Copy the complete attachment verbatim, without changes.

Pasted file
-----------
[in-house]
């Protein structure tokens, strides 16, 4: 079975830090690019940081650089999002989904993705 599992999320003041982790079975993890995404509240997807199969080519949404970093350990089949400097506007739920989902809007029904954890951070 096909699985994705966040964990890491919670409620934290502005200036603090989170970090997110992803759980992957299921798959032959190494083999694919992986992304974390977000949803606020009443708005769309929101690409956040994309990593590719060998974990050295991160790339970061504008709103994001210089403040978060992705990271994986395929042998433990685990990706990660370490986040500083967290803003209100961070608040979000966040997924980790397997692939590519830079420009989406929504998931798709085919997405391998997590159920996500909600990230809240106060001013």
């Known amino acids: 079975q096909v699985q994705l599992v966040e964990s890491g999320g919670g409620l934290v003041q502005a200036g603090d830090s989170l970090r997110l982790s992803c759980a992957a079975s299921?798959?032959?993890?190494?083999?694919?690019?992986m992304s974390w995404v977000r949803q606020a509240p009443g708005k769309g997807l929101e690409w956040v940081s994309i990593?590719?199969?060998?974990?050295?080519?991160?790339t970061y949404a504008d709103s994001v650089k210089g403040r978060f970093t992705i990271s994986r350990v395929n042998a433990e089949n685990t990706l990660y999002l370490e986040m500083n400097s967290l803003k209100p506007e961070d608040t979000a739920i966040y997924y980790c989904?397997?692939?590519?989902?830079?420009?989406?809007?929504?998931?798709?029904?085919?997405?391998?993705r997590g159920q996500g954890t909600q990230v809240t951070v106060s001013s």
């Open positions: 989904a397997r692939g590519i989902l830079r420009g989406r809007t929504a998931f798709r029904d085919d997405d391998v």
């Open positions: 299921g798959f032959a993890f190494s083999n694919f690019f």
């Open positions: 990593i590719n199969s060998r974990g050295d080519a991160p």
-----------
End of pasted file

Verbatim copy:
[in-house]
């Protein structure tokens, strides 16, 4: 079975830090690019940081650089999002989904993705 599992999320003041982790079975993890995404509240997807199969080519949404970093350990089949400097506007739920989902809007029904954890951070 096909699985994705966040964990890491919670409620934290502005200036603090989170970090997110992803759980992957299921798959032959190494083999694919992986992304974390977000949803606020009443708005769309929101690409956040994309990593590719060998974990050295991160790339970061504008709103994001210089403040978060992705990271994986395929042998433990685990990706990660370490986040500083967290803003209100961070608040979000966040997924980790397997692939590519830079420009989406929504998931798709085919997405391998997590159920996500909600990230809240106060001013």
């Known amino acids: 079975q096909v699985q994705l599992v966040e964990s890491g999320g919670g409620l934290v003041q502005a200036g603090d830090s989170l970090r997110l982790s992803c759980a992957a079975s299921?798959?032959?993890?190494?083999?694919?690019?992986m992304s974390w995404v977000r949803q606020a509240p009443g708005k769309g997807l929101e690409w956040v940081s994309i990593?590719?199969?060998?974990?050295?080519?991160?790339t970061y949404a504008d709103s994001v650089k210089g403040r978060f970093t992705i990271s994986r350990v395929n042998a433990e089949n685990t990706l990660y999002l370490e986040m500083n400097s967290l803003k209100p506007e961070d608040t979000a739920i966040y997924y980790c989904?397997?692939?590519?989902?830079?420009?989406?809007?929504?998931?798709?029904?085919?997405?391998?993705r997590g159920q996500g954890t909600q990230v809240t951070v106060s001013s």
């Open positions: 989904a397997r692939g590519i989902l830079r420009g989406r809007t929504a998931f798709r029904d085919d997405d391998v």
């Open positions: 299921g798959f032959a993890f190494s083999n694919f690019f």
């Open positions: 990593i590719n199969s060998r974990g050295d080519a991160p």